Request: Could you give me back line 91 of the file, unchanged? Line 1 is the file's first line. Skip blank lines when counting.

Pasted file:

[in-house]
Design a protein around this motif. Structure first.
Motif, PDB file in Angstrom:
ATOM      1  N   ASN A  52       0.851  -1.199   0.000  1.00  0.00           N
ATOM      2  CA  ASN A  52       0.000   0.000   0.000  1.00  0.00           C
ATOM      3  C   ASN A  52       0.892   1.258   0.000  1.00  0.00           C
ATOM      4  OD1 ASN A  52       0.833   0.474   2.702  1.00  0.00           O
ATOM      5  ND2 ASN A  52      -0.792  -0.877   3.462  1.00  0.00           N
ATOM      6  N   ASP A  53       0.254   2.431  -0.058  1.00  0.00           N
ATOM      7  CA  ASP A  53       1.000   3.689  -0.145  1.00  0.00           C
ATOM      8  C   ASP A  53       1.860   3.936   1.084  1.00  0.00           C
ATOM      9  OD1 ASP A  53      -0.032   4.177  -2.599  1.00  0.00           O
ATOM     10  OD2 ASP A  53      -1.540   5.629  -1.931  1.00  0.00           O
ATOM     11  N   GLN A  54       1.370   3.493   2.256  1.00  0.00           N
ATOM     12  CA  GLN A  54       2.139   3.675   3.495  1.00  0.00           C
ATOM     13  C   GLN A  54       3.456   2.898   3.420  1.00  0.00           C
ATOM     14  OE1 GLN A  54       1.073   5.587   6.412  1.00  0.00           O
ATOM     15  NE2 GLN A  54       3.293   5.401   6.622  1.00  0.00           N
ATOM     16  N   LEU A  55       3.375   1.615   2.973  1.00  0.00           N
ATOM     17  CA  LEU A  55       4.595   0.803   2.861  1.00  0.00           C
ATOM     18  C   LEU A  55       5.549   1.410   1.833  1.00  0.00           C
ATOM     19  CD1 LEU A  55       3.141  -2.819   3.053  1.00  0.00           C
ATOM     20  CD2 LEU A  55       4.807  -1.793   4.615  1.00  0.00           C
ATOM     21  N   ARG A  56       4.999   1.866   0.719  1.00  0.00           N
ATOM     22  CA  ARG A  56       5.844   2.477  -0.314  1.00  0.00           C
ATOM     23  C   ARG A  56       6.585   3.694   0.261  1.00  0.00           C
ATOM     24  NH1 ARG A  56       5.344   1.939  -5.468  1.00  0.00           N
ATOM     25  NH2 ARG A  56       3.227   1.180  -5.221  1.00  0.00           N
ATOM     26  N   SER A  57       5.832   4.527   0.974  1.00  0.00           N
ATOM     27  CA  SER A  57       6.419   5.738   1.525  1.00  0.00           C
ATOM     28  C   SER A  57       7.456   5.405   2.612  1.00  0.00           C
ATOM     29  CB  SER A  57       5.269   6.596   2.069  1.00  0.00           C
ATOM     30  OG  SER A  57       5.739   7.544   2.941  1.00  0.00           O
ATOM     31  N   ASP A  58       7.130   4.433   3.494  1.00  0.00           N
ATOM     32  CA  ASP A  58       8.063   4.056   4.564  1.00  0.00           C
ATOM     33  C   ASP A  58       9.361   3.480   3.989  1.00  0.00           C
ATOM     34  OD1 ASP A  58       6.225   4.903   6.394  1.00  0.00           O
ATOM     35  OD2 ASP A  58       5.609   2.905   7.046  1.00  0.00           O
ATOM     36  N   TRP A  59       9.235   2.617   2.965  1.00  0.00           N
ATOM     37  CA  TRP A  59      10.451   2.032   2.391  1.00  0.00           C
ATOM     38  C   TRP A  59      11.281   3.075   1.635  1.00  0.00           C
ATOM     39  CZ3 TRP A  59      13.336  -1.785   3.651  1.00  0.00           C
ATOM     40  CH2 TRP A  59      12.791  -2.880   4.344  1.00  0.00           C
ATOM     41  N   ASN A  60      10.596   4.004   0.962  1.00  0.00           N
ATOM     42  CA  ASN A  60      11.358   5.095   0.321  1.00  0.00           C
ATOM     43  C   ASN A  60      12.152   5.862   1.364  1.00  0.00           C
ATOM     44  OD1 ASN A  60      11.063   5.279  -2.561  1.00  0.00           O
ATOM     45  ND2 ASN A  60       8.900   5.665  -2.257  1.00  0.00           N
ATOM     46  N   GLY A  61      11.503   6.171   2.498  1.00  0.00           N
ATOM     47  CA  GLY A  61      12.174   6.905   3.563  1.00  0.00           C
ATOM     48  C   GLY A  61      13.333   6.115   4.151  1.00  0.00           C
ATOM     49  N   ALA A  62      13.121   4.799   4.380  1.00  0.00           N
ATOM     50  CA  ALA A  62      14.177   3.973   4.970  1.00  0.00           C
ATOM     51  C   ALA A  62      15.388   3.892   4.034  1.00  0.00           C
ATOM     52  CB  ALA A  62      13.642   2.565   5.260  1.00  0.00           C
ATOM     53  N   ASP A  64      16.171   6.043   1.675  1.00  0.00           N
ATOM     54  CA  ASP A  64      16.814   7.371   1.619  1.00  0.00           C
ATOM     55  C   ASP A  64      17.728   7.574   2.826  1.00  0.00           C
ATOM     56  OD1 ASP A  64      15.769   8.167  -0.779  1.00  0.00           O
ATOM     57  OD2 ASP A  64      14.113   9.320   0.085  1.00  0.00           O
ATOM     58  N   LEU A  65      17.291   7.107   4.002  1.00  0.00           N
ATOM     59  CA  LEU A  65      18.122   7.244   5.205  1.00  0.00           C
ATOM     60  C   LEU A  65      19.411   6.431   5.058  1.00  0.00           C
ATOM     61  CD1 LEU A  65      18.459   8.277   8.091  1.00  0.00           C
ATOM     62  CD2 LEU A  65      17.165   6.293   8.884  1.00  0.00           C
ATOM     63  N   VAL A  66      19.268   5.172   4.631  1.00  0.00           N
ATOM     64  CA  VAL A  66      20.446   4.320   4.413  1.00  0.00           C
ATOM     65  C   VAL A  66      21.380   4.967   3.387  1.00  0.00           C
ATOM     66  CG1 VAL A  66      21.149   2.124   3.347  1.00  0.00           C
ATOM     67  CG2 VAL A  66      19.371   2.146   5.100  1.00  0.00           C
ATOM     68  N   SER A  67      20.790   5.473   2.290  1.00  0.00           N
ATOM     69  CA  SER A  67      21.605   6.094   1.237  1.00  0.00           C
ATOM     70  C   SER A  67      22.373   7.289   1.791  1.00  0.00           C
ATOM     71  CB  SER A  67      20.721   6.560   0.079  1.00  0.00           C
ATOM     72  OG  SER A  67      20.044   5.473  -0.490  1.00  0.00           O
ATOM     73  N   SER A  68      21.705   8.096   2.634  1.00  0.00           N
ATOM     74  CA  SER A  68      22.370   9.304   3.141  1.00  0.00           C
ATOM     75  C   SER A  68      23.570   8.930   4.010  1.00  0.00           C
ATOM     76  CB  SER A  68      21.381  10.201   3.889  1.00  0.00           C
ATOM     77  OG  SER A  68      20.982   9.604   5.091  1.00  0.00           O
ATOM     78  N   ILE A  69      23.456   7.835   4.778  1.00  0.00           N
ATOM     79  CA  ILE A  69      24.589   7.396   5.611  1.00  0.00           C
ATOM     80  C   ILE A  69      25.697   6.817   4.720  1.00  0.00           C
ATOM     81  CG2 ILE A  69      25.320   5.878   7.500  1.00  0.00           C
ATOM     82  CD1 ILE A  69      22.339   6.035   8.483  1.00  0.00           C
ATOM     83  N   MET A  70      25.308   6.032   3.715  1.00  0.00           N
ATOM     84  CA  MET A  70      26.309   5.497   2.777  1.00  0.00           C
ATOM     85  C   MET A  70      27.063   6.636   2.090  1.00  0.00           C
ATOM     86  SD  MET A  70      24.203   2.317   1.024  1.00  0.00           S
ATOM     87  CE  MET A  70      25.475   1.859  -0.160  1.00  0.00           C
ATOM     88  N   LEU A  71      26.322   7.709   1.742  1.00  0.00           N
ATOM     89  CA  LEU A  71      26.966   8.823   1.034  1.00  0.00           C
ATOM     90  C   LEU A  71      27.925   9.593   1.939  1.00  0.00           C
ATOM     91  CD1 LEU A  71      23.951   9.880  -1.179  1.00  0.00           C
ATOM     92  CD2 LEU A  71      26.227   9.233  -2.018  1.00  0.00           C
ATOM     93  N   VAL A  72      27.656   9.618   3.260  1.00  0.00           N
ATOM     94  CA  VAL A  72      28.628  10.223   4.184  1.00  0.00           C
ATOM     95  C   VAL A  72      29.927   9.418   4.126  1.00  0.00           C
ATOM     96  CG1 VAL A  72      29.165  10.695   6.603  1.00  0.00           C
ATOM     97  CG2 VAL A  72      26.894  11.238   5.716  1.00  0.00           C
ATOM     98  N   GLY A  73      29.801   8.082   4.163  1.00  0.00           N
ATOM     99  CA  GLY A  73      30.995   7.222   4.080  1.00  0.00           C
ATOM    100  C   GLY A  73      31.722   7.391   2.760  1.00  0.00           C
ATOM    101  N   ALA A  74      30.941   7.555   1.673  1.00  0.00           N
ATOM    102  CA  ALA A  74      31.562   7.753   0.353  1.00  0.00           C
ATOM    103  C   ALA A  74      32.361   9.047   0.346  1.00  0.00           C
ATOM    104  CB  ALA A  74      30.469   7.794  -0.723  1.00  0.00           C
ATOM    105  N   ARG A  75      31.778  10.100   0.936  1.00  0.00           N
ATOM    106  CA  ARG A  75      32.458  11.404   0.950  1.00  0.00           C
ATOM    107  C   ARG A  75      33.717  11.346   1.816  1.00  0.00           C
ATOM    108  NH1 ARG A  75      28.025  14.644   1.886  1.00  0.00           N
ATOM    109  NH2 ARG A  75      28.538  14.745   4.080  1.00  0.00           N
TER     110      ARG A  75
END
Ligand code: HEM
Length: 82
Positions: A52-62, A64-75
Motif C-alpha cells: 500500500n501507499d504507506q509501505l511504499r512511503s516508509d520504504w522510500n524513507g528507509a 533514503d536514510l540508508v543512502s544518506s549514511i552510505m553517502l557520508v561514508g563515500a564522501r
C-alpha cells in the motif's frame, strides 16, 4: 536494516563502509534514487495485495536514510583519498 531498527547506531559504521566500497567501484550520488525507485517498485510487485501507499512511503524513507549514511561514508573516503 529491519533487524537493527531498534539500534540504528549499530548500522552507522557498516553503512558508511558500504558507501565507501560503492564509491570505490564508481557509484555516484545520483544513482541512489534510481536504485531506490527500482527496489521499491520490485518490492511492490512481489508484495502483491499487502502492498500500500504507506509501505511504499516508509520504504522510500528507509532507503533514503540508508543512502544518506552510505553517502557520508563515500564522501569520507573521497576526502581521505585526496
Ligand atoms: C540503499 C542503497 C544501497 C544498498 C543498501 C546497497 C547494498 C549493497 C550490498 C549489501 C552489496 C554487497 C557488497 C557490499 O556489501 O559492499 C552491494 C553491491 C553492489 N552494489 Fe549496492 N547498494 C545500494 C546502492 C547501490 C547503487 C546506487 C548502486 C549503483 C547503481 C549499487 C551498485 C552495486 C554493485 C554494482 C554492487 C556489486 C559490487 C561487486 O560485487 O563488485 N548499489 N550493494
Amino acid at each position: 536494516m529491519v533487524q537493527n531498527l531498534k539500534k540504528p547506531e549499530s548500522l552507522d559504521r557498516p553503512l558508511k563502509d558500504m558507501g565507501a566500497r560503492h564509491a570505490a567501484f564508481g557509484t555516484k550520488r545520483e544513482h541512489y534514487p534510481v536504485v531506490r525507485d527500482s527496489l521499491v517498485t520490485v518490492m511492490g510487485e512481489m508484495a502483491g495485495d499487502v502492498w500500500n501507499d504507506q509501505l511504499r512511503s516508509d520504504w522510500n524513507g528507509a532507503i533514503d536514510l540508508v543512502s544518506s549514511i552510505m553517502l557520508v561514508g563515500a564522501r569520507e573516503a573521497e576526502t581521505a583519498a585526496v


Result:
ATOM     88  N   LEU A  71      26.322   7.709   1.742  1.00  0.00           N